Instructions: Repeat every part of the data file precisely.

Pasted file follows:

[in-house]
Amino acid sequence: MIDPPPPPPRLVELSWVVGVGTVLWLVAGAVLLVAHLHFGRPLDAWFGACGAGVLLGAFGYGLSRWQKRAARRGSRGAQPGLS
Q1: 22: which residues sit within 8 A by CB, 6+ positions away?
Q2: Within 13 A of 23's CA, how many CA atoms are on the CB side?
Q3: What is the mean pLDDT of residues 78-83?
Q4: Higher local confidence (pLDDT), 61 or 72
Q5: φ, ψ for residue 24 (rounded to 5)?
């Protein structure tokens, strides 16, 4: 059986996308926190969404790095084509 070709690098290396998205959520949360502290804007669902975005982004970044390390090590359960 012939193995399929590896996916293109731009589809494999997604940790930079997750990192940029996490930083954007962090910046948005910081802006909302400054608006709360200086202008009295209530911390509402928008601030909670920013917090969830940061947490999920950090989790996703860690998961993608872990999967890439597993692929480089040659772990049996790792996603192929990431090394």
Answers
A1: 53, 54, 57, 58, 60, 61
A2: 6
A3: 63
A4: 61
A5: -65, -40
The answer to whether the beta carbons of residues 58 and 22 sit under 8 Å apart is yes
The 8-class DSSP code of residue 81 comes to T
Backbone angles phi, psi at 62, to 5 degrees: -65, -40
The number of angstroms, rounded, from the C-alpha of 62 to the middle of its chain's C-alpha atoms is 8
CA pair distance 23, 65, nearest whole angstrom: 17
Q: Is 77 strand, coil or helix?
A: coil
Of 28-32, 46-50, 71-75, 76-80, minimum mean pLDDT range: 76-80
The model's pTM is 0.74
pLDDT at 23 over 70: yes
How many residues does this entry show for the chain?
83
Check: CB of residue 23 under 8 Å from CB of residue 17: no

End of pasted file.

[in-house]
Amino acid sequence: MIDPPPPPPRLVELSWVVGVGTVLWLVAGAVLLVAHLHFGRPLDAWFGACGAGVLLGAFGYGLSRWQKRAARRGSRGAQPGLS
Q1: 22: which residues sit within 8 A by CB, 6+ positions away?
Q2: Within 13 A of 23's CA, how many CA atoms are on the CB side?
Q3: What is the mean pLDDT of residues 78-83?
Q4: Higher local confidence (pLDDT), 61 or 72
Q5: φ, ψ for residue 24 (rounded to 5)?
């Protein structure tokens, strides 16, 4: 059986996308926190969404790095084509 070709690098290396998205959520949360502290804007669902975005982004970044390390090590359960 012939193995399929590896996916293109731009589809494999997604940790930079997750990192940029996490930083954007962090910046948005910081802006909302400054608006709360200086202008009295209530911390509402928008601030909670920013917090969830940061947490999920950090989790996703860690998961993608872990999967890439597993692929480089040659772990049996790792996603192929990431090394």
Answers
A1: 53, 54, 57, 58, 60, 61
A2: 6
A3: 63
A4: 61
A5: -65, -40
The answer to whether the beta carbons of residues 58 and 22 sit under 8 Å apart is yes
The 8-class DSSP code of residue 81 comes to T
Backbone angles phi, psi at 62, to 5 degrees: -65, -40
The number of angstroms, rounded, from the C-alpha of 62 to the middle of its chain's C-alpha atoms is 8
CA pair distance 23, 65, nearest whole angstrom: 17
Q: Is 77 strand, coil or helix?
A: coil
Of 28-32, 46-50, 71-75, 76-80, minimum mean pLDDT range: 76-80
The model's pTM is 0.74
pLDDT at 23 over 70: yes
How many residues does this entry show for the chain?
83
Check: CB of residue 23 under 8 Å from CB of residue 17: no